“Antarctic Ice Paintings: Global Coastlines and Underwater HOA“
a solo exhibition premiering works created in Antarctica in 2007
11000 S. Red Road
Pinecrest, FL 33156
Exhibit runs from November 8, 2018 through January 13, 2018
Artist Meet and Greet
Join us: “Antarctic Ice Paintings: Global Coastlines and Underwater HOA” a solo exhibition by Xavier Cortada, premiering works created in Antartica in 2007.
Thursday, November 8, 2018 (7 – 10 pm)
- Celebrate Art Miami Week:
Thursday, November 29, 2018 (6:30 – 10 pm)
- Pinecrest Day: Distribution of Underwater Markers:
Sunday, December 2,2018 (noon – 5 pm)
- Underwater HOA Meeting (and artist signing of Underwater Markers):
Thursday, January 9, 2019, (7 – 10 pm).
Presented by the Village of Pinecrest with Antarctica’s McMurdo Dry Valleys LTER, University of Miami Abess Center for Ecosystem Science and Policy, FIU Sea Level Solutions Center, Eyes on the Rise and the Miami New Media Festival.
About the Exhibition
Xavier Cortada, recipient of a 2006-2007 National Science Foundation Antarctic Artists and Writers fellowship, traveled to Antarctica to implement a series of projects and installations. While there, the Miami artist created “Antarctic Ice Paintings” using glacier ice, sea ice, and sediment samples provided to him by McMurdo LTER scientists working in Antarctica.
“Global Coastlines,” a series comprised of all of the artist’s Antarctic works on paper which had not yet been titled (and had never been shown) will be premiered and named at Pinecrest Gardens. One is titled “Antarctica,” another “Pinecrest, Florida.” The remaining sixty works will be titled for another 60 global communities threatened by sea level rise. The exhibition is part of a broader participatory art project aimed at engaging residents in a conversation about the future of their properties.
The exhibition will also serve to launch the Underwater HOA participatory public art project the artist is implementing with the Village of Pinecrest to engage their 6,000 households in addressing sea lever rise. Learn more at www.underwaterHOA.com
I travelled to Antarctica in 2006 as a National Science Foundation (NSF) Antarctic Artist and Writers Program fellow. There, I created a series of works on paper by melting ice samples scientists gave me from their research on how human impacts on global climate are melting the Antarctic glaciers.
“Underwater HOA“ depicts South Florida’s vulnerability to those melting glaciers: the Village of Pinecrest will encourage its residents to install an “Underwater HOA” marker on their front lawn during the first week of December 2018. The marker will display how many feet of melting glacial water must rise before their property is underwater. I numbered each yard sign from 0 to 17 feet, the land elevation range for the 6,000 houses in the Village. The signs’ backdrop show the watercolor paintings I made in Antarctica by melting ice from the very glaciers that threaten to melt and drown Miami.
By mapping the crisis to come, I make the invisible visible. Block by block, house by house, neighbor by neighbor, I want to make the future impact of sea level rise something no longer possible to ignore.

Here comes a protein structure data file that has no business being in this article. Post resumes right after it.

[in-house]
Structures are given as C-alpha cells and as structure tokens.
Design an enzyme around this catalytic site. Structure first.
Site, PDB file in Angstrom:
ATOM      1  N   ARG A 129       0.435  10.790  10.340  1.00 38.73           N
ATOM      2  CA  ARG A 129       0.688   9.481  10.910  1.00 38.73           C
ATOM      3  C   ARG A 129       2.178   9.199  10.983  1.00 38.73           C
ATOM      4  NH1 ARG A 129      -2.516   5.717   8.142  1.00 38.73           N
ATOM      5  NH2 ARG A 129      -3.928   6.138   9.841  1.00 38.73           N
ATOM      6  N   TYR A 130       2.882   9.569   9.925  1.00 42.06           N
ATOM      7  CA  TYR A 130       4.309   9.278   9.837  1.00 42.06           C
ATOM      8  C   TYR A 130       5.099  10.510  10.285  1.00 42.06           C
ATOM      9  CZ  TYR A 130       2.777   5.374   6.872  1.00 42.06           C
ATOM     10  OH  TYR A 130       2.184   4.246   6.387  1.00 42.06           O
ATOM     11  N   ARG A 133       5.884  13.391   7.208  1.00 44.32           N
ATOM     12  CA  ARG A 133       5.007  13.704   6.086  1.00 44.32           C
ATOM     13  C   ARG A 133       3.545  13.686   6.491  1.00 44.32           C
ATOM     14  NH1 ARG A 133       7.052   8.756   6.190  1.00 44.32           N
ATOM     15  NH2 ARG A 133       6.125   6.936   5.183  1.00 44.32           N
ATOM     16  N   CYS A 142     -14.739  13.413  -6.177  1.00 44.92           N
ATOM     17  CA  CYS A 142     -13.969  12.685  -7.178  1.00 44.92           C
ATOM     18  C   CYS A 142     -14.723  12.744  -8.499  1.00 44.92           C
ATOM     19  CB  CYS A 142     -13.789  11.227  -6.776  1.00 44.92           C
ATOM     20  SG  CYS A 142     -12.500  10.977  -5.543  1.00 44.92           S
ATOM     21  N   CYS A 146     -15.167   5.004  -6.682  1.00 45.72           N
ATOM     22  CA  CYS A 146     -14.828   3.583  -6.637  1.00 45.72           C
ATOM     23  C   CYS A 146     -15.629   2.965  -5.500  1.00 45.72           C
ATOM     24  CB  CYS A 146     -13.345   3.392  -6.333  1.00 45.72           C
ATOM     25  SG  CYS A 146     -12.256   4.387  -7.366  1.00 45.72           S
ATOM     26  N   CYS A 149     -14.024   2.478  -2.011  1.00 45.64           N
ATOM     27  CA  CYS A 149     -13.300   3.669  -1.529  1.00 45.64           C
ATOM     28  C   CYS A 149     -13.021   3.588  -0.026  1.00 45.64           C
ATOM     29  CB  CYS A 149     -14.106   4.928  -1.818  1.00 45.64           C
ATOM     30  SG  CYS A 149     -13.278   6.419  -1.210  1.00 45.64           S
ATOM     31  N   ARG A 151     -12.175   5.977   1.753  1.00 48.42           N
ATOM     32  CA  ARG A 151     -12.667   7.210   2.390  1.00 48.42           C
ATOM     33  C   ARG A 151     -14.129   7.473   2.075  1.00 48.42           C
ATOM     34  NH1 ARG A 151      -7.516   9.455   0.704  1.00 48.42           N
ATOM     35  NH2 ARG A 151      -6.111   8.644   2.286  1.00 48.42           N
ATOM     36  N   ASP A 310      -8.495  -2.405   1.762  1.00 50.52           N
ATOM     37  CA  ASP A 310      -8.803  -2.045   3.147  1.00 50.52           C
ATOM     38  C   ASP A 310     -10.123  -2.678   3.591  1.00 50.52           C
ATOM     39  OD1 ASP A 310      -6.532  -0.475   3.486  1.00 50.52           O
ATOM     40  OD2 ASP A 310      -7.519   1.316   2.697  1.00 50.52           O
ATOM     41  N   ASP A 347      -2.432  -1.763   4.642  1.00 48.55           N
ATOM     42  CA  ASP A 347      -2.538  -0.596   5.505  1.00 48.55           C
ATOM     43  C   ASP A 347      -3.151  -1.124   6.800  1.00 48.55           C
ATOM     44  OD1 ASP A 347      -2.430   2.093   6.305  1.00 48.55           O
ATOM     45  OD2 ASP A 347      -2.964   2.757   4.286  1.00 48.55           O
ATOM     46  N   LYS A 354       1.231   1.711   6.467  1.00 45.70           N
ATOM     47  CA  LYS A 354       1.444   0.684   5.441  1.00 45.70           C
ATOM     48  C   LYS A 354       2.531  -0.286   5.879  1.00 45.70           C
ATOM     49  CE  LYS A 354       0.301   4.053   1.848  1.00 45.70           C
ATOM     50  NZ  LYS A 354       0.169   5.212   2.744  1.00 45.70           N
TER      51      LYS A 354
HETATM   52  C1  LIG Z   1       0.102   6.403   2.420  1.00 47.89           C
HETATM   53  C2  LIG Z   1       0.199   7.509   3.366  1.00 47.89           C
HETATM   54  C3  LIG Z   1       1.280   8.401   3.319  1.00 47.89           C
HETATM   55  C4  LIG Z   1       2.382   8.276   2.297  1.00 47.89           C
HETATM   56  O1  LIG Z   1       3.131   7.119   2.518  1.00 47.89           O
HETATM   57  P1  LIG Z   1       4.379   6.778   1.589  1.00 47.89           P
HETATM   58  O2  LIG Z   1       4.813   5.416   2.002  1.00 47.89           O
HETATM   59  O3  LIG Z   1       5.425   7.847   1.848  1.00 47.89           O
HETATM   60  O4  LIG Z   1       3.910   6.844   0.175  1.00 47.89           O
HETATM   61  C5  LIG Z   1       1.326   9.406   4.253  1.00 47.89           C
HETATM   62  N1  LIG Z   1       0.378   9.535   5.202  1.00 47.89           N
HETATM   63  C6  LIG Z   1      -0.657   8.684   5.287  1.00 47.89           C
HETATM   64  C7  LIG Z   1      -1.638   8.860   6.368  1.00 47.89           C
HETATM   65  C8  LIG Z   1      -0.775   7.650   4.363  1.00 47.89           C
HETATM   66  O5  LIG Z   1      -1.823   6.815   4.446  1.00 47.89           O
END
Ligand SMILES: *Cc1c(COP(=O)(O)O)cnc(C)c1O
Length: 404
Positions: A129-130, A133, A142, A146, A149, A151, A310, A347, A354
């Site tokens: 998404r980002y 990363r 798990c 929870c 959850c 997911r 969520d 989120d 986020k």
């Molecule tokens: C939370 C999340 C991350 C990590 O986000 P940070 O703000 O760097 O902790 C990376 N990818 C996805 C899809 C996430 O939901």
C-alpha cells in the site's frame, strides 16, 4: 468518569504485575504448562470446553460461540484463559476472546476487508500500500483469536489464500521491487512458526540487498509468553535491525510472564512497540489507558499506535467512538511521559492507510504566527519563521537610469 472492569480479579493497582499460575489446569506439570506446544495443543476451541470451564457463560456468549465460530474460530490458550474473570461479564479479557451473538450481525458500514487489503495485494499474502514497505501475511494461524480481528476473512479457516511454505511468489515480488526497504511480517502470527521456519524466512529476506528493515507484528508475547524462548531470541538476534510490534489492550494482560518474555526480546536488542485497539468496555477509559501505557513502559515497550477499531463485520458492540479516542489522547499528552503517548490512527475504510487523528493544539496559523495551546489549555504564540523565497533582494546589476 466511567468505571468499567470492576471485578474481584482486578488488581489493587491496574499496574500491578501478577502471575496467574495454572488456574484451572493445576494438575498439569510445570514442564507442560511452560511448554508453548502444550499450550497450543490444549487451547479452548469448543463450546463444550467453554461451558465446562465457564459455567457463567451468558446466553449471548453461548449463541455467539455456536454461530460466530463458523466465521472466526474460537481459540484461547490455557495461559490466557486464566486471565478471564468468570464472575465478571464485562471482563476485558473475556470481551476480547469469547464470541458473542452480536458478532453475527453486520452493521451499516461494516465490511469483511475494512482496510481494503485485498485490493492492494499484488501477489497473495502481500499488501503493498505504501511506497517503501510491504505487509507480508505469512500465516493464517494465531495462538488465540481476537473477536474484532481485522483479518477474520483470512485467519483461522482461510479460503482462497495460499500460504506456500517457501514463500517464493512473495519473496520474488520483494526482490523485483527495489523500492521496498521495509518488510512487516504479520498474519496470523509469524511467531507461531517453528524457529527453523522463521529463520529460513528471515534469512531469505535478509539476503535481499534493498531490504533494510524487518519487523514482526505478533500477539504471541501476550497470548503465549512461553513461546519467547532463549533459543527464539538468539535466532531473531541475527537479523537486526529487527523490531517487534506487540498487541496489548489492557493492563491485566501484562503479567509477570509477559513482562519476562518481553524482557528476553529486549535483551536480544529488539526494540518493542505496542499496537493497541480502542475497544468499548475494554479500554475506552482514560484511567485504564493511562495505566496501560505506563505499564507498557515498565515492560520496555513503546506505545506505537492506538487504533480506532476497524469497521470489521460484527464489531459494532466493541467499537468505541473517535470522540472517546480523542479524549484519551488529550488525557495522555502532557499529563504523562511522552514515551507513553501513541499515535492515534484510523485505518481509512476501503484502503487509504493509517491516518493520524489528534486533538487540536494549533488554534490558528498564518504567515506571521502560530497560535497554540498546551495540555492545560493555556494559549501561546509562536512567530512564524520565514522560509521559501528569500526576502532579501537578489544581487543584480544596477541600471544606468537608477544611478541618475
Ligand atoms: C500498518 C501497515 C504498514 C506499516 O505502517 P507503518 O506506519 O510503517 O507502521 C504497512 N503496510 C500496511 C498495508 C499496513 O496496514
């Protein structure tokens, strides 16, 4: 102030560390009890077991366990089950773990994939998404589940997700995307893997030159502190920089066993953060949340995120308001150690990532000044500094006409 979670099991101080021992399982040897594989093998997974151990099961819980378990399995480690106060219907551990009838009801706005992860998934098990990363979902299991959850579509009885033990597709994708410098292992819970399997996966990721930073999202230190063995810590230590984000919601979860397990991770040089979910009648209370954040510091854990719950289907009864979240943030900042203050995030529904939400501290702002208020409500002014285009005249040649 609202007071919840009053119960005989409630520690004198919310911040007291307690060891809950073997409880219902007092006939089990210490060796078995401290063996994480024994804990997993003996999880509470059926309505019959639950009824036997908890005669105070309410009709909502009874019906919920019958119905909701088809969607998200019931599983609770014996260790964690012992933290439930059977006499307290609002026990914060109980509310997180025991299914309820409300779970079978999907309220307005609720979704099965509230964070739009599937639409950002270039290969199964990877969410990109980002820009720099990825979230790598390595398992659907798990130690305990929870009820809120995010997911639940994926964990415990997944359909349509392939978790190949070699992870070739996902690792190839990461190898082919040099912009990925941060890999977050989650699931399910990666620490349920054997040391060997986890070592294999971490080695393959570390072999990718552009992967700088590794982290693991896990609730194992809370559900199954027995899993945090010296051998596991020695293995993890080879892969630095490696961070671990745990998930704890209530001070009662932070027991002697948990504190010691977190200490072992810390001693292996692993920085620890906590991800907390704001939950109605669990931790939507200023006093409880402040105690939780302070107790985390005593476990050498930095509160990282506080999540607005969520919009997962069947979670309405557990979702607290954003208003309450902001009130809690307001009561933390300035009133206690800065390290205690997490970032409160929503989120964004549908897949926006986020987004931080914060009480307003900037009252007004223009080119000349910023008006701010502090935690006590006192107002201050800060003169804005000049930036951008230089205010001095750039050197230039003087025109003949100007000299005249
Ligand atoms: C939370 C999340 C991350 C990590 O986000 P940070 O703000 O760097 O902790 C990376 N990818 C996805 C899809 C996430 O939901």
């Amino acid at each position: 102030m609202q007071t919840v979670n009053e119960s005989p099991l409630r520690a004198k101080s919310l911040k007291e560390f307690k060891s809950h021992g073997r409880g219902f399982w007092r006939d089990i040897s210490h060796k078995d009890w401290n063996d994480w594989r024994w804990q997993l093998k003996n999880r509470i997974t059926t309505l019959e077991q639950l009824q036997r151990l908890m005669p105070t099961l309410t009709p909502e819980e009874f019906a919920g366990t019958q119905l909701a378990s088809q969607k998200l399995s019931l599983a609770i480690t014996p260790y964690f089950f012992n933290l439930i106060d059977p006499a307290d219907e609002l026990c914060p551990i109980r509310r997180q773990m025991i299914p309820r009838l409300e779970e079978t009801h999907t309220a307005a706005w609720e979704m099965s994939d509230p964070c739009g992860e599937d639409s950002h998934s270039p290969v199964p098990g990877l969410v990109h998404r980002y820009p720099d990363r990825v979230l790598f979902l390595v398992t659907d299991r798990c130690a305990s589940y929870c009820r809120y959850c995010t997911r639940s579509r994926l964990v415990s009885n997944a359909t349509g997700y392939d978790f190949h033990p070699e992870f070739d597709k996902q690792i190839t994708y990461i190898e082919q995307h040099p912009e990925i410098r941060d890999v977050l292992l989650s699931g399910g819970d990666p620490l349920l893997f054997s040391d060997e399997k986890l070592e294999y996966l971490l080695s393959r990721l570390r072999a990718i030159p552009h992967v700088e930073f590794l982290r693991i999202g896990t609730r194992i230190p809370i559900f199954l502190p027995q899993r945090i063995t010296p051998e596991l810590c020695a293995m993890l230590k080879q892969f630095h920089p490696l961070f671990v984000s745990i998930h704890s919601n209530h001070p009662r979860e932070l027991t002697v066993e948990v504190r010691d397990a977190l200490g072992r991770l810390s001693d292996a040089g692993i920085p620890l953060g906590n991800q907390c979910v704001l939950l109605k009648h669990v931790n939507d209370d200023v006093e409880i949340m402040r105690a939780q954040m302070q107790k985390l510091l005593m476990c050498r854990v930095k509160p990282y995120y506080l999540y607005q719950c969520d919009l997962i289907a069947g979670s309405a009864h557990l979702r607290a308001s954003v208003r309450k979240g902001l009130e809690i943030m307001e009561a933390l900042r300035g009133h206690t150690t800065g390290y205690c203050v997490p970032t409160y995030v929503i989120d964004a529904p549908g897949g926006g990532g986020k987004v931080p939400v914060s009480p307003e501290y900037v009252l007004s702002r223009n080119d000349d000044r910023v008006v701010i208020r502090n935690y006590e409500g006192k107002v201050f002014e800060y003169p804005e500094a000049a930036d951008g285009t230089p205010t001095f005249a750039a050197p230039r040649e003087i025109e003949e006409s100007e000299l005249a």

My socially-engaged environmental art practice aims to help address the problem at hand: As part of the effort, I will charter a homeowner’s association where members are organized by property elevation–the most important metric any coastal community need consider. By asking participants to join Underwater HOA, I engage my neighbors as problem-solvers who will learn together and work together now to plan and better prepare (themselves and their heirs) for the chaos to come.
– Xavier Cortada
a participatory art project by Xavier Cortada will be launched during the opening of the artist’s
solo exhibition premiering works he created in Antarctica in 2006-2007 at
11000 S. Red Road
Pinecrest, FL 33156
Exhibit runs from November 8, 2018 through January 13, 2018
“Antarctic Ice Paintings: Global Coastlines and Underwater HOA” a solo exhibition by Xavier Cortada, premiering works created in Antartica in 2007.
- Artist meet and greet, Thursday, November 8, 2018 (7-10pm)
- Artist meet and greet with Consular Corps for naming of “Antarctic Ice Paintings: Global Coastlines” series, Thursday, November 29, 2018 6:30 -10:00 p.m.
- Pinecrest Day: Distribution of Underwater Markers and Artist Meet and Greet, Sunday, Dec 2, noon – 5:00 p.m.
- Underwater HOA Meeting, Artist Signing of Underwater Markers, and Artist meet and greet, Thursday, January 9, 2019, 7- 10:00 p.m.
Xavier Cortada, recipient of a 2006-2007 National Science Foundation Antarctic Artists and Writers fellowship, traveled to Antarctica to implement a series of projects and installations. While there, the Miami artist created “Antarctic Ice Paintings” using glacier ice, sea ice, and sediment samples provided to him by scientists working in Antarctica. “Global Coastlines,” a series of comprised of all of the artist’s Antarctic works on paper which had not yet been titled (and had never been shown) will be premiered and named at Pinecrest Gardens. One is titled “Antarctica,” another will be titled “Pinecrest.” The remaining sixty works will be titled for another 60 global communities threatened by sea level rise. The exhibition is part of a broader participatory art project aimed at engaging residents in a conversation about the future of their properties.
Join us for the opening of
an exhibition of works Cortada created at the North Pole in 2008
Cortada Studio at Pinecrest Gardens
11000 S. Red Road
Pinecrest, FL 33156
Opening: Sunday, October 7, 2018 from 10am to noon
Exhibition runs through October 31st (by appointment: 305-858-1323)
Ninety Degrees North (90N)